Waluke, Wakhungu bail ruling postponed

Sirisia MP John Waluke alongside his co-accused Grace Wakhungu when they appeared before Anti corruption Chief Magistrate Elizabeth Juma on June 25, 2020. [David Njaaga,Standard]

Sirisia MP John Waluke and Grace Wakhungu will know their bail ruling on Monday.

The hearing was pushed to next week after Justice John Onyiego said a fumigation exercise at the Milimani law courts had to take place.

This comes as Director of Public Prosecution Noordin Haji has urged the court not to release Waluke and Wakhungu on bail.

He said the two have not proven they are too ill to be taken care of in prison. Haji, in his reply filed before judge Onyiego, argued that there are convicts with more serious illnesses who are treated in prison health facilities and public referral hospitals.

Correspondences between the DPP and Commissioner General of Prisons Wycliffe Ogallo revealed that Waluke has hypertension, arthritis and diabetes while  Wakhungu has arthritis and hypertension.

“These conditions are usually managed as outpatient unless any complications arise. However, as it is now, their health condition can adequately be managed in our medical facilities,” Ogallo replied to Haji’s letter dated July 27.

Waluke had told the court that he risks losing his seat if he stays in prison but Haji, through senior assistant DPP Alexander Muteti, argued that the MP cannot monopolise the seat.

He risked losing his seat after the court found him guilty of fraud involving Sh297 million in shady maize dealings with National Cereals and Produce Board (NCPB).

In the case, the State alleged that as a director of Erad Supplies and General Contractors, Waluke made a false invoice worth Sh114,600,000 as evidence to support a maize storage claim by Chelsea Freights.

He was also charged with fraudulently acquiring Sh297 million from the public as the cost of storing the maize, which was to be supplied to NCPB.

“On or about March 19, 2013, in Nairobi City County, being the director of Erad Supplies and General Contractors, he jointly and fraudulently acquired Sh297,386,505 purporting to be the costs of storage of 40,000 tonnes of white maize, guilty or not guilty?“ the charges read.

Erad had been in a long-running battle with NCPB over a botched maize supply saga.

In 2003, NCPB floated 180,000 tonnes of maize supply tender. Five companies were picked.

Hala General Trading LLC, Euroworld Commodities Limited, and Erad were contracted to supply 40,000 tonnes each, while Purma Holdings and Freba Investments got 30,000 each.

After a fallout on the payments, NCPB and Erad opted to arbitrate the issue, which then escalated to the Court of Appeal. Arbitrator Evans Thiga ruled in favour of the firm and awarded it Sh564 million as compensation for losses and storage fees.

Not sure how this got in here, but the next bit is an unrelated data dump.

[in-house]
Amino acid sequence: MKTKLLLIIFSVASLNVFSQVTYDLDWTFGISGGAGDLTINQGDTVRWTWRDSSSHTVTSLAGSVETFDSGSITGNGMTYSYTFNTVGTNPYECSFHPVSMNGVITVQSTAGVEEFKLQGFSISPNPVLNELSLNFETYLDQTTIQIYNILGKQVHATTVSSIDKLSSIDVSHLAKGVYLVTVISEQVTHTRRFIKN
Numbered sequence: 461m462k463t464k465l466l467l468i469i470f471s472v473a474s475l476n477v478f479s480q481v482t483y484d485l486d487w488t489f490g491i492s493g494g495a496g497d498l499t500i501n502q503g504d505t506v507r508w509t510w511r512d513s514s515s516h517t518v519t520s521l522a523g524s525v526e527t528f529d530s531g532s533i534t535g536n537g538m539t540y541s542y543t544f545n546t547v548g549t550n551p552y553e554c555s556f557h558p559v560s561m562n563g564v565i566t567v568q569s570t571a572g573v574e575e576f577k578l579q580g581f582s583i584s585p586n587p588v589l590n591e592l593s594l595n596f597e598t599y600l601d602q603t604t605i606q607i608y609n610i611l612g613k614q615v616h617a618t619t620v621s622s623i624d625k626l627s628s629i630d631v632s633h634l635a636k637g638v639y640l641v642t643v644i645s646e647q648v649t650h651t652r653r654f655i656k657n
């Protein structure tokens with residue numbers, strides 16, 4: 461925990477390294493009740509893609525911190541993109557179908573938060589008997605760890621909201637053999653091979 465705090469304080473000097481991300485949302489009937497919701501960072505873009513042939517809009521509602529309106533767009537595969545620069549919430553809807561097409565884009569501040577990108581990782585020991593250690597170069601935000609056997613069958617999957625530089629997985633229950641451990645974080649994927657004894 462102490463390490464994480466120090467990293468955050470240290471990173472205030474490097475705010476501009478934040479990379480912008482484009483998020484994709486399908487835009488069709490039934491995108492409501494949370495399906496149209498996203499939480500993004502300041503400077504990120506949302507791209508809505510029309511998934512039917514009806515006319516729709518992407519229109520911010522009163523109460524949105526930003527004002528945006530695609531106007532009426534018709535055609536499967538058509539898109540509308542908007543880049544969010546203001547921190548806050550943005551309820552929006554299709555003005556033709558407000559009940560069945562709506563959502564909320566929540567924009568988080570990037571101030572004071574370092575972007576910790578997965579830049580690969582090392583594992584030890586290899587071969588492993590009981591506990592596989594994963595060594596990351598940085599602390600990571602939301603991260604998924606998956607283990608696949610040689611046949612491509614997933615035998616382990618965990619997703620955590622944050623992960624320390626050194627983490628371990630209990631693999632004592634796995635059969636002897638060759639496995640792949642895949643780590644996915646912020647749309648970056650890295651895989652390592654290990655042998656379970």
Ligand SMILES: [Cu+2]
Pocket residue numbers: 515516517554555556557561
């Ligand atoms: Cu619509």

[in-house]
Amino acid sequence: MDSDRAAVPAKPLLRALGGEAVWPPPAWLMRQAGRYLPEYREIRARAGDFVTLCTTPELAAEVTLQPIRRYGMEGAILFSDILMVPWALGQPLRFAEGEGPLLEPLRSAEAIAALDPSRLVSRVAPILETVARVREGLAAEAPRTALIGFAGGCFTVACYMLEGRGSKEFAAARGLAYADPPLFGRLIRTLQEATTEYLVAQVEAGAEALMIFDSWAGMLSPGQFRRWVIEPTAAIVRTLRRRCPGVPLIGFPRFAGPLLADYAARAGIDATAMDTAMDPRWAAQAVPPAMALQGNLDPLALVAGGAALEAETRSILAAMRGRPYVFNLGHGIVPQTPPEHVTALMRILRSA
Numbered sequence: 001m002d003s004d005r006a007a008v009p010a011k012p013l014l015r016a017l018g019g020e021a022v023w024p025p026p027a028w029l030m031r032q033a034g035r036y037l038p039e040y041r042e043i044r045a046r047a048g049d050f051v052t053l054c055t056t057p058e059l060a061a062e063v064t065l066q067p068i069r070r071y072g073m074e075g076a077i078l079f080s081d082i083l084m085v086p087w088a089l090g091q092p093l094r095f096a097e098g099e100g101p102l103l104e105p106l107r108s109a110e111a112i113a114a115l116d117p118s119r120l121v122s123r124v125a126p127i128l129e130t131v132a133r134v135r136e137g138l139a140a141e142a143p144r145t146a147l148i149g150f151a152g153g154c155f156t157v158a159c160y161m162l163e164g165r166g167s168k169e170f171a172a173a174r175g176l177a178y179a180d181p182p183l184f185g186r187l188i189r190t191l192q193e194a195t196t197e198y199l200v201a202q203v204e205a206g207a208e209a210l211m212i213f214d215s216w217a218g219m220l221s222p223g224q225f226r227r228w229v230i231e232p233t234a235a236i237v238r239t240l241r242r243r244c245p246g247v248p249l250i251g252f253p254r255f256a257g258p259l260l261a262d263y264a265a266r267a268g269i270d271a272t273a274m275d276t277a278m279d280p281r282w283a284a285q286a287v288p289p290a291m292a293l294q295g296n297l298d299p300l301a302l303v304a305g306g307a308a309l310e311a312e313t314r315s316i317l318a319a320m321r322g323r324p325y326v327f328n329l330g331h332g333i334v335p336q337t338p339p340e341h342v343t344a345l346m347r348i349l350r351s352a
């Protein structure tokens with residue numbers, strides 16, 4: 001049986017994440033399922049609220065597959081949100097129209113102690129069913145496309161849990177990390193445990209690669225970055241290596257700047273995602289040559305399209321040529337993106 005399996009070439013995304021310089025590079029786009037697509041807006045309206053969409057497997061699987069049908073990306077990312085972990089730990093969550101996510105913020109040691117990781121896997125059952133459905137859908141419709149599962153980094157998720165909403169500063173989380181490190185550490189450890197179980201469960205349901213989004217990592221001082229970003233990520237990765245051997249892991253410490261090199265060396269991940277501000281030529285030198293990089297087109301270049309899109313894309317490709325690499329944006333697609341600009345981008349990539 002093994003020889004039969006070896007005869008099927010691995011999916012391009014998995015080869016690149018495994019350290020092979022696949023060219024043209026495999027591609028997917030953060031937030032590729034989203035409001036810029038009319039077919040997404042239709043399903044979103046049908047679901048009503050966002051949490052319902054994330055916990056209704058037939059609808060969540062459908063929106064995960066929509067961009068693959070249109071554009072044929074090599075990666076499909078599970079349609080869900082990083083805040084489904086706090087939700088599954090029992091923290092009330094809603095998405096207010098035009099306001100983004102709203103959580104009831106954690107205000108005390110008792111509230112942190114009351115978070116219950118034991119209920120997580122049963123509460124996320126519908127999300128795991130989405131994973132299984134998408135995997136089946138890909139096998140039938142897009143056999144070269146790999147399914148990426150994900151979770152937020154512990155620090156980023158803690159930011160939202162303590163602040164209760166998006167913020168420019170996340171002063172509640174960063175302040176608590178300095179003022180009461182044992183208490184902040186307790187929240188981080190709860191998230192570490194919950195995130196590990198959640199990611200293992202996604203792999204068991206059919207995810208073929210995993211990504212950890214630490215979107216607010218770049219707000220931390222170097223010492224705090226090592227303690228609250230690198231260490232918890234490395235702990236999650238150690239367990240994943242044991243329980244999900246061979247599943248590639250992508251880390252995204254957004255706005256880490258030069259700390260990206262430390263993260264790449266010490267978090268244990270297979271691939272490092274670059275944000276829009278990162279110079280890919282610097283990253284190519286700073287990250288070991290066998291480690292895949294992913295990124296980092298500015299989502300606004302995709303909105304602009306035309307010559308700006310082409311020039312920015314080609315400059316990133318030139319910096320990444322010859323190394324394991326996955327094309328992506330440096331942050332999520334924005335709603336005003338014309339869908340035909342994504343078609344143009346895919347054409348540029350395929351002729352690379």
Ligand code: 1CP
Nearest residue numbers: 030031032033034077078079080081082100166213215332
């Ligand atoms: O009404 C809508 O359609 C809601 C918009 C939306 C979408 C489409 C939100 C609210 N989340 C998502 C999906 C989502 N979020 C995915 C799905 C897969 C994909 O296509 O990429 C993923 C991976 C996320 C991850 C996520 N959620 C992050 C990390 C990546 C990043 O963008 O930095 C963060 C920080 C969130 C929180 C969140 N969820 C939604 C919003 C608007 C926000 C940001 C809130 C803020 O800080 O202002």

Aggrieved, the board moved to the High Court and again its case was dismissed by Justice Leonard Njagi. NCPB went to the Court of Appeal but equally lost.

According to NCPB, the firm which Erad had contracted to supply it with maize, Ropack CC International, did not deal with maize business.

In the deal, Erad was supposed to supply 40,000 tonnes of maize, but NCPB allegedly failed to issue letters of credit to enable it to import the maize.

After the ruling, Erad attached NCPB’s account held at Kenya Commercial Bank and some of its assets worth Sh297 million.

But Parliament’s Investment Committee declared that Erad should not be paid as the documents it had used were falsified and invalid. The report tabled before Parliament in 2013 read that Erad was not qualified to supply the maize.

The MP’s fate was sealed after High Court judge Mumbi Ngugi dismissed their case challenging prosecution. 

Last month, politicians were on their knees, heads bowed in prayer on a chilly Sunday afternoon at the home of convicted Sirisia MP John Waluke. Their mission was simple; they wanted the heavens to grant them just one miracle. One billion shillings.

They had arrived in style, riding in luxurious cars, parked strategically at Waluke’s spacious rural home.

Former Kakamega Senator Boni Khalwale led the delegation of the self-proclaimed preachers of the gospel of political transformation, mainly Jubilee politicians from the Western region allied to Deputy President William Ruto.

The leaders sought President Uhuru Kenyatta’s intervention in Waluke’s predicament to help secure his freedom.